When she chose the seat to the right of the end, he snapped, "Ah-ah. Not that one. You do not sit there." He'd had no control over Stefanovich's mortal whore all those years ago, but now, in his own home, he would make the rules for this human.

"Okay, okay." She moved the place setting one spot, then sat.


With a glare, she unfolded her napkin and placed it on her lap, then spooned portions onto her plate. As she began her meal, taking dainty bites of various dishes, he noted that her table manners weren't as crude as he'd expected.

She chose that moment to lift a forkful of foie gras, letting it plop back to its plate. "What is this?"

"It's not the provincial fare you're accustomed to, but you'll make do."

"I'm full."

Her meal was barely touched. "Eat. More."

When she began nibbling the garnish, he said, "That's parsley."

"Only thing I recognize."

"Eat more of everything else."

After a pause that would have gotten others gutted, she cut into a succulent lobster tail, took a hesitant bite, then furtively spat it into her napkin.

Two things struck him. She'd never had lobster; the foolish chit didn't like lobster. Even he remembered the taste of it.

The salmon fared no better. Soon there'd be more food in her napkin than in her stomach.

"The meal smells delicious, or at least it would to a human," he said. "Especially one who could eat a horse. Do you challenge me yet again?"

"I was born and raised on a mountain. Then I went to prison. I've never eaten food like this. Fancy seafood like this. If you wanted me to eat fish, it should've come out of a Long John Silver's bag."

Ah, just so. "Then eat the bread."

She began buttering a flaky roll. "Saroya really wants me to put on weight?" When he nodded, she said, "And you're on board?"

He thought her lovely now, nearly irresistible, but he had no marked preference. More flesh meant more of what he already liked. And Saroya would be the one inhabiting the body for eternity. "If my Bride wants it, then I'm in accord."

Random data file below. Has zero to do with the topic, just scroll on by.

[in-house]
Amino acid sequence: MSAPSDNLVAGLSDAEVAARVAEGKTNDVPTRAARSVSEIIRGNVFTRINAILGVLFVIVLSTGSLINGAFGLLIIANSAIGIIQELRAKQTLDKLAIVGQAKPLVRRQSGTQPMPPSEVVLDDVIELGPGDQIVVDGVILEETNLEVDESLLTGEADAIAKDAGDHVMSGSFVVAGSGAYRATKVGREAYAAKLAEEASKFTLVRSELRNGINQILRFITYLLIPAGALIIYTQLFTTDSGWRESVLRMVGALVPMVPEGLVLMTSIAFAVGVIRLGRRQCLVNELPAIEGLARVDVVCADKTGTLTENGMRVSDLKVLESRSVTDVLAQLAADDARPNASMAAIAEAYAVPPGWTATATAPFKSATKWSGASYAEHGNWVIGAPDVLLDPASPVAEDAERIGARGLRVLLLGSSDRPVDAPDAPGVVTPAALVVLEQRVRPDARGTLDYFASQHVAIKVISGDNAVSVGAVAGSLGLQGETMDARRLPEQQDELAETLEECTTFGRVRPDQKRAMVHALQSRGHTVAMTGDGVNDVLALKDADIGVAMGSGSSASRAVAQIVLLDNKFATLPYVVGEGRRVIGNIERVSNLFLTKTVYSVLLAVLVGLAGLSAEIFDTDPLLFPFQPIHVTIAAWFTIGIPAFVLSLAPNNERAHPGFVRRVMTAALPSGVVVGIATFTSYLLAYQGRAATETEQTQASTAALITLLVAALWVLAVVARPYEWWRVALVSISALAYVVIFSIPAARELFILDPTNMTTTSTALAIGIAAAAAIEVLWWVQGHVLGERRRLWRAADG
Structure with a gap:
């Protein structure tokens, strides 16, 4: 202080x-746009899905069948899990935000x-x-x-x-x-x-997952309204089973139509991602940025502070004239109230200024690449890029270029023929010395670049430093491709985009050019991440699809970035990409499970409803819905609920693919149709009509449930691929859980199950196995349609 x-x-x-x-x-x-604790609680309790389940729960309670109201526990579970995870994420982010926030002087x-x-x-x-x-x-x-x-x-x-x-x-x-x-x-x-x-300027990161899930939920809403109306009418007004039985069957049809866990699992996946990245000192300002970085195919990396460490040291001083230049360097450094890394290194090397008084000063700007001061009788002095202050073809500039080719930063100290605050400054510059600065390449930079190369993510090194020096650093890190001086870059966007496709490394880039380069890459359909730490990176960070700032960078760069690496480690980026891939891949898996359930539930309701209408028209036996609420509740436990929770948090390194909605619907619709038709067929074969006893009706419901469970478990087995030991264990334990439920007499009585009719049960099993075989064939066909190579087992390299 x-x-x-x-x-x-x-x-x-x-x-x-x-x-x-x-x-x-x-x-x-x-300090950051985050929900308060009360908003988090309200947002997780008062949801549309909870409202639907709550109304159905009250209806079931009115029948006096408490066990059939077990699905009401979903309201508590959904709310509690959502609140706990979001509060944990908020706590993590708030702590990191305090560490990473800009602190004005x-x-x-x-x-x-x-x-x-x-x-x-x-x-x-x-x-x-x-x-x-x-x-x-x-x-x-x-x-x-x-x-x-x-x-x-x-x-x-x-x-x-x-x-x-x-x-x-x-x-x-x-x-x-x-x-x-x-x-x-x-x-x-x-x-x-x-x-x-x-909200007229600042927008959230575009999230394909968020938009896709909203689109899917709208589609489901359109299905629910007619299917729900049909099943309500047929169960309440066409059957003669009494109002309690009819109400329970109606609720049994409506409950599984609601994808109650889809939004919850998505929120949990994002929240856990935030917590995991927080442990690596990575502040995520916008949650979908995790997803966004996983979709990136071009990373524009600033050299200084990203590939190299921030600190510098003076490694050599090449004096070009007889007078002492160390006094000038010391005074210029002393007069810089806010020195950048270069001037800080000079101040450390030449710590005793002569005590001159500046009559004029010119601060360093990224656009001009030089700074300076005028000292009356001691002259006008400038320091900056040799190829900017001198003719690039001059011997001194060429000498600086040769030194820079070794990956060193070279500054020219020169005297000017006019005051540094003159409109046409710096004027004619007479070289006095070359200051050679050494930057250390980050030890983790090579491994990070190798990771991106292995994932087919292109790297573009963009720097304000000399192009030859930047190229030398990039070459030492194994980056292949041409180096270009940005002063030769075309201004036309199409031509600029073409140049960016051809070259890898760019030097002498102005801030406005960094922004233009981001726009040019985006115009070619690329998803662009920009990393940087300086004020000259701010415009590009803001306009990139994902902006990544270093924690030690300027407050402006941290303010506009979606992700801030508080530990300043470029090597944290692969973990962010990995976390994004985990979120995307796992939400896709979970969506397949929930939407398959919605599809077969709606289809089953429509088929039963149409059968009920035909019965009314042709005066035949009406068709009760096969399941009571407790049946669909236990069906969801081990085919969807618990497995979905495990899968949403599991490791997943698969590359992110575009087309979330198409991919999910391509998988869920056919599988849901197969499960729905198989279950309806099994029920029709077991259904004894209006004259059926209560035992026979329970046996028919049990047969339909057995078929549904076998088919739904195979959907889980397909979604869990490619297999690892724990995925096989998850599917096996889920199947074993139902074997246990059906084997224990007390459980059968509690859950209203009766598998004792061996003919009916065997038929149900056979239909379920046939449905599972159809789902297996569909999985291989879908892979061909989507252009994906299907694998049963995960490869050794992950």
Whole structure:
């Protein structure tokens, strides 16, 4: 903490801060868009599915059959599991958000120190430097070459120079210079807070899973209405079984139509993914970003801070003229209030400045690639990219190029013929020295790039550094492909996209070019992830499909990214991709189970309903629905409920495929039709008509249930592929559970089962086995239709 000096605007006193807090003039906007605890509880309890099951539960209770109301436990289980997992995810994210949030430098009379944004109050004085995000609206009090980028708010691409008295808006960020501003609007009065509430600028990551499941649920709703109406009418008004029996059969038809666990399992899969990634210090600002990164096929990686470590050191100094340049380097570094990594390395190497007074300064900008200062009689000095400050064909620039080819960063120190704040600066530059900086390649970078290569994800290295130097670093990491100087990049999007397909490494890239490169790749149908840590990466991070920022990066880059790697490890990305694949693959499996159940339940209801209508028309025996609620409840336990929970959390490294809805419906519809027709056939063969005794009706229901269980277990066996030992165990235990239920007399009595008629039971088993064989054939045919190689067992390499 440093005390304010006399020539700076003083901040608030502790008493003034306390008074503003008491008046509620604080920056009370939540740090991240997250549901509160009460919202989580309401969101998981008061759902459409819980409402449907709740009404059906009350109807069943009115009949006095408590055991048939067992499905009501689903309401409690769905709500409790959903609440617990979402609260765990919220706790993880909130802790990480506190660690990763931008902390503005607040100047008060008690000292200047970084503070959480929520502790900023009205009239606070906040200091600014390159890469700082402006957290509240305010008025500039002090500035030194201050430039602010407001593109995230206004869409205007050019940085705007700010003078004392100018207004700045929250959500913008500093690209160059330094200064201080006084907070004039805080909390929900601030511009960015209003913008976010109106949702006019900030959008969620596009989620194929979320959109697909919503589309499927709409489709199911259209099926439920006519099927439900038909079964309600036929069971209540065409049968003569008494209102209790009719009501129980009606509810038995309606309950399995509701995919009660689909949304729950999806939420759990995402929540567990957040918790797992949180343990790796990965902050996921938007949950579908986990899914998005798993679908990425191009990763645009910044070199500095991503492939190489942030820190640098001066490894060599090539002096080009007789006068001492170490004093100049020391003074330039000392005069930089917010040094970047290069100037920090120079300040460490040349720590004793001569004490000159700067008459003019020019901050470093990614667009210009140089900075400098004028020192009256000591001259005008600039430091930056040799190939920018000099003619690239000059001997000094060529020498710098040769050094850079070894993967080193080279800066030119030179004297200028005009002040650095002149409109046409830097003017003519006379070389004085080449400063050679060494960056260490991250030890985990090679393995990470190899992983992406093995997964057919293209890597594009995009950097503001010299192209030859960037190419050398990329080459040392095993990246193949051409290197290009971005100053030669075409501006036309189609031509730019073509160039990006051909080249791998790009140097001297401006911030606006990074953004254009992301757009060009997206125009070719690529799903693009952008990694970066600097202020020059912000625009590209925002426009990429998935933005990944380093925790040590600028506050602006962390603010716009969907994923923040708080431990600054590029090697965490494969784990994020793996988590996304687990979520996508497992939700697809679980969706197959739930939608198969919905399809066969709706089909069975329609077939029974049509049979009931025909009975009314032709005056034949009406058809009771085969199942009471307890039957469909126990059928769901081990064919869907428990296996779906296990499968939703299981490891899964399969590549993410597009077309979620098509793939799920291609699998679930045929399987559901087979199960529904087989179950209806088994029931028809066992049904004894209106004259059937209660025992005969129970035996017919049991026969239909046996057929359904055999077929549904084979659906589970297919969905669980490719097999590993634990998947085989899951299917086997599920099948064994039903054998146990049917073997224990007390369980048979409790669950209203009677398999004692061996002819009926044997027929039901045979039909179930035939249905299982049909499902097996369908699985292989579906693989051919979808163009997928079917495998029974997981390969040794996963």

"Alrighty, but don't say I didn't warn you, 'cause too much bread and my ass'll get huge." She took a bite.


"You talk funny. Is your accent European?"

He rolled his eyes. "It's Russian-"

"Wait! You said bride?" Elizabeth sputtered. "You married her?"

The vampire exhaled impatiently, sitting at the head of the table. "Marriage is unnecessary to my kind. Our bond is much stronger."

"Than what?"

"A Bride is a vampire's mate, the female meant only for him. Saroya is mine."

Ellie processed this information-keep an open mind-then asked, "How do you know she is?"

He tilted his head in that appraising way, as if considering the pros and cons of answering her. "She blooded me." At her questioning look, he said, "Each adult male vampire walks as the living dead until he finds his mate and she bloods him, brings him back to life. Saroya made my heart beat again, made my lungs take breath." In a husky tone, he added, "Among other things."

"How do you know it's not me who's . . . blooded you?"

A muscle ticked in his jaw. "Because fate would not slight me so unspeakably. I'd seek a noon-day sun if I were paired with one such as you."

"Such as me," she repeated blandly. She'd been mocked too often over her lifetime to take offense. Her skin was as thick as armor.

"Yes, you. An ignorant, mortal Kmart checkout girl." He took the sharpest knife from his place setting, absently turning it between his left thumb and forefinger.

"Kmart? I should've been so lucky. Those jobs were hard to come by. I worked at my uncle's outfitter shop."

"Then you're even worse. You're an outfitter checkout girl with aspirations for Kmart."

"Still better than a demon."

"Saroya's not a demon," he grated. "I wouldn't have one of them either."

"Oh, that's right, she's a goddess. And you're a vampire. I suppose pookas are real, too. And shapeshifters?" Then her eyes widened. "Is Mothman real?"

In the Virginias, everyone had heard of that demonic winged being, with its red orbs for eyes. There continued to be sketchy sightings of it flying in the gloom and coal dust.

The sheriff who'd taken Ellie down had joked to others that there might have been a Mothman sighting the night of her arrest, an amusing encounter atop isolated Peirce Mountain.

"Everything you've ever dreamed is real," Lothaire said. "Every creature thought to be myth. We call our world the Lore. And for the record, Mothman's a fuckwit."